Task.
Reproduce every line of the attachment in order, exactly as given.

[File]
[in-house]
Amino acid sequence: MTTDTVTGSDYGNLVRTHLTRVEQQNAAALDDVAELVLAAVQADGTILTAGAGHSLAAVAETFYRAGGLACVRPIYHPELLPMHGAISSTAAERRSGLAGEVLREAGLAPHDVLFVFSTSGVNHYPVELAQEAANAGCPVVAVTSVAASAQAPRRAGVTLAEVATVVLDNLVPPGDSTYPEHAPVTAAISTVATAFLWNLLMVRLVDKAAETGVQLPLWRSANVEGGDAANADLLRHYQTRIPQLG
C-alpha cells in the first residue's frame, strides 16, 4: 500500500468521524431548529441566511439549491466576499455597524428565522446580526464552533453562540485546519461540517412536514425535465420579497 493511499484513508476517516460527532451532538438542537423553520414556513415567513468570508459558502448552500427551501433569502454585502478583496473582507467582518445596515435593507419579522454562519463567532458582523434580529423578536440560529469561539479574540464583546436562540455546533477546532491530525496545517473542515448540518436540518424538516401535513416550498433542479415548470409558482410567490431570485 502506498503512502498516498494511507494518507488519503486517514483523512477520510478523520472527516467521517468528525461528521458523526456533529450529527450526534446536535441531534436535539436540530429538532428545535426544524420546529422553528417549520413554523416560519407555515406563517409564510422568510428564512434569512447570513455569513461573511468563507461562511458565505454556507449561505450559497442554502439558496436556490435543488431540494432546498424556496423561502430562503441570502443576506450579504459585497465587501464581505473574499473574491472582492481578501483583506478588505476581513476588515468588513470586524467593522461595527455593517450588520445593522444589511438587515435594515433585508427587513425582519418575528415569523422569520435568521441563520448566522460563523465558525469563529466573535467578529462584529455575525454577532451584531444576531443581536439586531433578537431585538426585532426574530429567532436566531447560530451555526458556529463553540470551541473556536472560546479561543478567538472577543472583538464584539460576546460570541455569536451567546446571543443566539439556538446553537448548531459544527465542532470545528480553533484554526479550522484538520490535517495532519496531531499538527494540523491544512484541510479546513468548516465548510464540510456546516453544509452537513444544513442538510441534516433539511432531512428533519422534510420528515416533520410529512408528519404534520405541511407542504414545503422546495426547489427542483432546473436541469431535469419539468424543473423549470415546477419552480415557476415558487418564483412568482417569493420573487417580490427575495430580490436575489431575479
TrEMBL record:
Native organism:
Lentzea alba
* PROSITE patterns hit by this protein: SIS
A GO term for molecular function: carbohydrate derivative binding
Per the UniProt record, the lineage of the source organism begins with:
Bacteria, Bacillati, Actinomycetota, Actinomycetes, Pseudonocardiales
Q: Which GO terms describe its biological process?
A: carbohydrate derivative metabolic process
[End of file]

[in-house]
Amino acid sequence: MTTDTVTGSDYGNLVRTHLTRVEQQNAAALDDVAELVLAAVQADGTILTAGAGHSLAAVAETFYRAGGLACVRPIYHPELLPMHGAISSTAAERRSGLAGEVLREAGLAPHDVLFVFSTSGVNHYPVELAQEAANAGCPVVAVTSVAASAQAPRRAGVTLAEVATVVLDNLVPPGDSTYPEHAPVTAAISTVATAFLWNLLMVRLVDKAAETGVQLPLWRSANVEGGDAANADLLRHYQTRIPQLG
C-alpha cells in the first residue's frame, strides 16, 4: 500500500468521524431548529441566511439549491466576499455597524428565522446580526464552533453562540485546519461540517412536514425535465420579497 493511499484513508476517516460527532451532538438542537423553520414556513415567513468570508459558502448552500427551501433569502454585502478583496473582507467582518445596515435593507419579522454562519463567532458582523434580529423578536440560529469561539479574540464583546436562540455546533477546532491530525496545517473542515448540518436540518424538516401535513416550498433542479415548470409558482410567490431570485 502506498503512502498516498494511507494518507488519503486517514483523512477520510478523520472527516467521517468528525461528521458523526456533529450529527450526534446536535441531534436535539436540530429538532428545535426544524420546529422553528417549520413554523416560519407555515406563517409564510422568510428564512434569512447570513455569513461573511468563507461562511458565505454556507449561505450559497442554502439558496436556490435543488431540494432546498424556496423561502430562503441570502443576506450579504459585497465587501464581505473574499473574491472582492481578501483583506478588505476581513476588515468588513470586524467593522461595527455593517450588520445593522444589511438587515435594515433585508427587513425582519418575528415569523422569520435568521441563520448566522460563523465558525469563529466573535467578529462584529455575525454577532451584531444576531443581536439586531433578537431585538426585532426574530429567532436566531447560530451555526458556529463553540470551541473556536472560546479561543478567538472577543472583538464584539460576546460570541455569536451567546446571543443566539439556538446553537448548531459544527465542532470545528480553533484554526479550522484538520490535517495532519496531531499538527494540523491544512484541510479546513468548516465548510464540510456546516453544509452537513444544513442538510441534516433539511432531512428533519422534510420528515416533520410529512408528519404534520405541511407542504414545503422546495426547489427542483432546473436541469431535469419539468424543473423549470415546477419552480415557476415558487418564483412568482417569493420573487417580490427575495430580490436575489431575479
TrEMBL record:
Native organism:
Lentzea alba
* PROSITE patterns hit by this protein: SIS
A GO term for molecular function: carbohydrate derivative binding
Per the UniProt record, the lineage of the source organism begins with:
Bacteria, Bacillati, Actinomycetota, Actinomycetes, Pseudonocardiales
Q: Which GO terms describe its biological process?
A: carbohydrate derivative metabolic process